There is at least one thing that Ardmore Shipping’s outgoing chief financial officer will not be leaving on his desk for his successor to deal with: a pile of financial leases.

With $308m-worth of refinancings announced in the company’s second-quarter earnings report, the New York-listed product tanker owner has cut its lease-financed fleet from 14 vessels at the start of the year to just two ships today, chief executive Anthony Gurnee told analysts.

And amid the shift away from leases, it has moved deeper into sustainability-linked finance, with environmental and social targets on all three of the new bank loans.

“The refinancing is hugely advantageous for the company,” said Paul Tivnan, whose departure as Ardmore chief financial officer was announced on Wednesday after TradeWinds first reported the change.

“It is allowing us to eliminate the expensive leases.”

Tivnan, who will be replaced by Chembulk Tankers chief executive Bart Kelleher, said the reduced credit spread on the new loans will save $2.2m per year.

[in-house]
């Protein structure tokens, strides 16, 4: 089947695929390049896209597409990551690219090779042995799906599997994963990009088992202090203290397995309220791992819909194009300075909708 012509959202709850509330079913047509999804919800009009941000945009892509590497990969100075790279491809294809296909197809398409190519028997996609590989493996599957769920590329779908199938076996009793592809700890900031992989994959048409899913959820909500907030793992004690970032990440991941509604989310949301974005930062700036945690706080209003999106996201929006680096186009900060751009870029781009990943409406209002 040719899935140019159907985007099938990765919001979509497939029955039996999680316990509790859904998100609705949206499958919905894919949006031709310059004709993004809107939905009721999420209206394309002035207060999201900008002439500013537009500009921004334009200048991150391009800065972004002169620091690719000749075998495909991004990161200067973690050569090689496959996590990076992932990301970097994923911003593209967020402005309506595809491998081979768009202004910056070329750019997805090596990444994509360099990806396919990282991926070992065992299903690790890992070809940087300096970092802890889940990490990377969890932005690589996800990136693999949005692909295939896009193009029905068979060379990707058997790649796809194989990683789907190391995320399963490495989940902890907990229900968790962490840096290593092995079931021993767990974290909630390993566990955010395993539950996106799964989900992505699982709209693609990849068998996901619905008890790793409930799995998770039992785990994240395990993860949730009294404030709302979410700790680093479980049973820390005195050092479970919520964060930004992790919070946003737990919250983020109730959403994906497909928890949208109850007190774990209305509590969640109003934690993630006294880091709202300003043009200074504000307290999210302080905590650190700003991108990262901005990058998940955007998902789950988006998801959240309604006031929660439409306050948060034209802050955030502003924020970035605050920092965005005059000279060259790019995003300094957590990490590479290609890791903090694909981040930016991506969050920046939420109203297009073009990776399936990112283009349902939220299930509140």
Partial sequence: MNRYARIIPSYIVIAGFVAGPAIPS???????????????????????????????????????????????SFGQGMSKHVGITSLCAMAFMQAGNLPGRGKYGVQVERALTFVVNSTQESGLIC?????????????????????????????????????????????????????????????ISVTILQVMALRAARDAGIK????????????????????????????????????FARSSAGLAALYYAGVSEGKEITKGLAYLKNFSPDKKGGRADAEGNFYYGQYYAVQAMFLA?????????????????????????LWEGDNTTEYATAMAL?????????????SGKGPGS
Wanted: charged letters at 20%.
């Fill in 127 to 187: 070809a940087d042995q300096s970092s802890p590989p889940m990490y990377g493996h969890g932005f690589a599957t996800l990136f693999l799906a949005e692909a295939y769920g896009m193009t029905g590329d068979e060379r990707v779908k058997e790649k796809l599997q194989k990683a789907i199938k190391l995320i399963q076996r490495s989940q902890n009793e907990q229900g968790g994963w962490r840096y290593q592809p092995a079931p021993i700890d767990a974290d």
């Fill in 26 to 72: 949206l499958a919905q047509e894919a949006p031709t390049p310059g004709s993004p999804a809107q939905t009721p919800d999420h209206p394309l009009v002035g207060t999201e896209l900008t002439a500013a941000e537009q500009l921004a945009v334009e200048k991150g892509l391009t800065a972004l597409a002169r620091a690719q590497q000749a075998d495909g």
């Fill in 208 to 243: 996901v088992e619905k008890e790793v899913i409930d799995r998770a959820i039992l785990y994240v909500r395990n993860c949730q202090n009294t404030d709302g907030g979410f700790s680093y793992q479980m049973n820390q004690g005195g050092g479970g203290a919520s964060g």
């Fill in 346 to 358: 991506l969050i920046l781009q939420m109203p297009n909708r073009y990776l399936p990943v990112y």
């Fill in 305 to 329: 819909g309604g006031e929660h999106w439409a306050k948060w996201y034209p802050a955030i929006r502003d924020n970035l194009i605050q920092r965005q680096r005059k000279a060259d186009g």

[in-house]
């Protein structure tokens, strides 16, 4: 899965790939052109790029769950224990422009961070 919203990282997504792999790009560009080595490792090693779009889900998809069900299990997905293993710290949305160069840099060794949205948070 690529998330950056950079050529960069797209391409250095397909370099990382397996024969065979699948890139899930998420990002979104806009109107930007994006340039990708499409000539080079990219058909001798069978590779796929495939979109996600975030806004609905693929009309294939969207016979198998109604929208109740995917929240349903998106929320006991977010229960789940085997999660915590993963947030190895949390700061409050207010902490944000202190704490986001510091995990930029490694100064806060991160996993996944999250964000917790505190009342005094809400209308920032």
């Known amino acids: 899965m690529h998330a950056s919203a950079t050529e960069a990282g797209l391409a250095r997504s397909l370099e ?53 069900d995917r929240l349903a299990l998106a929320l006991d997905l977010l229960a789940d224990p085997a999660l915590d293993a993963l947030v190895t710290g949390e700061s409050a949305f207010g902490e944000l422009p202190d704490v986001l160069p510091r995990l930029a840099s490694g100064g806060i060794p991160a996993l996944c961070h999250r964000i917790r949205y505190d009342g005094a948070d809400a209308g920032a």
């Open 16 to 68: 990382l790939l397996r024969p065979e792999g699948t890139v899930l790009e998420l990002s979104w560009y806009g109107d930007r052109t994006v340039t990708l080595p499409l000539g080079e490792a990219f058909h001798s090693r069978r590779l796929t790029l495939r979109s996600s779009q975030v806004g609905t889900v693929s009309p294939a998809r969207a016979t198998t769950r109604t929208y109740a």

As TradeWinds reported, two of the loans refinance a total of 19 vessels, with a $185m revolving credit facility from Nordea and Skandinaviska Enskilda Banken, or SEB Group, tackling 12 ships and a $108m term loan with ABN Amro and Credit Agricole covering seven tankers.

The third loan is a $15m receivables facility with ABN Amro, set to mature in 2025, that replaces the company’s current receivables facility.

Ardmore was among an early wave of shipowners trumpeting bank financing with sustainability-linked financing, and Tivnan has said he sees such loans as a stepping stone to a day when virtually all shipping industry bank financing will have environmental, social and governance metrics.

In the latest conference call with investors, he said the sustainability features of the new debt will increase or reduce the interest rate by just five basis points, depending on meeting the environmental and social targets.

It is just 0.05 percentage points but that is the market rate for sustainability-linked financing.

But the outgoing CFO urged analysts to focus on the strong overall pricing of the loans — with the sustainability features serving as the ticket to top-tier financing.

“I think when you think about sustainability-linked loans or if you think about the way the shipping finance market is going, if you want to get access to attractive funding — well-priced funding from top-tier banks — you have to show your credentials on sustainability and sign up to some pretty robust targets in terms of where you want to go to in your carbon reduction,” Tivnan said.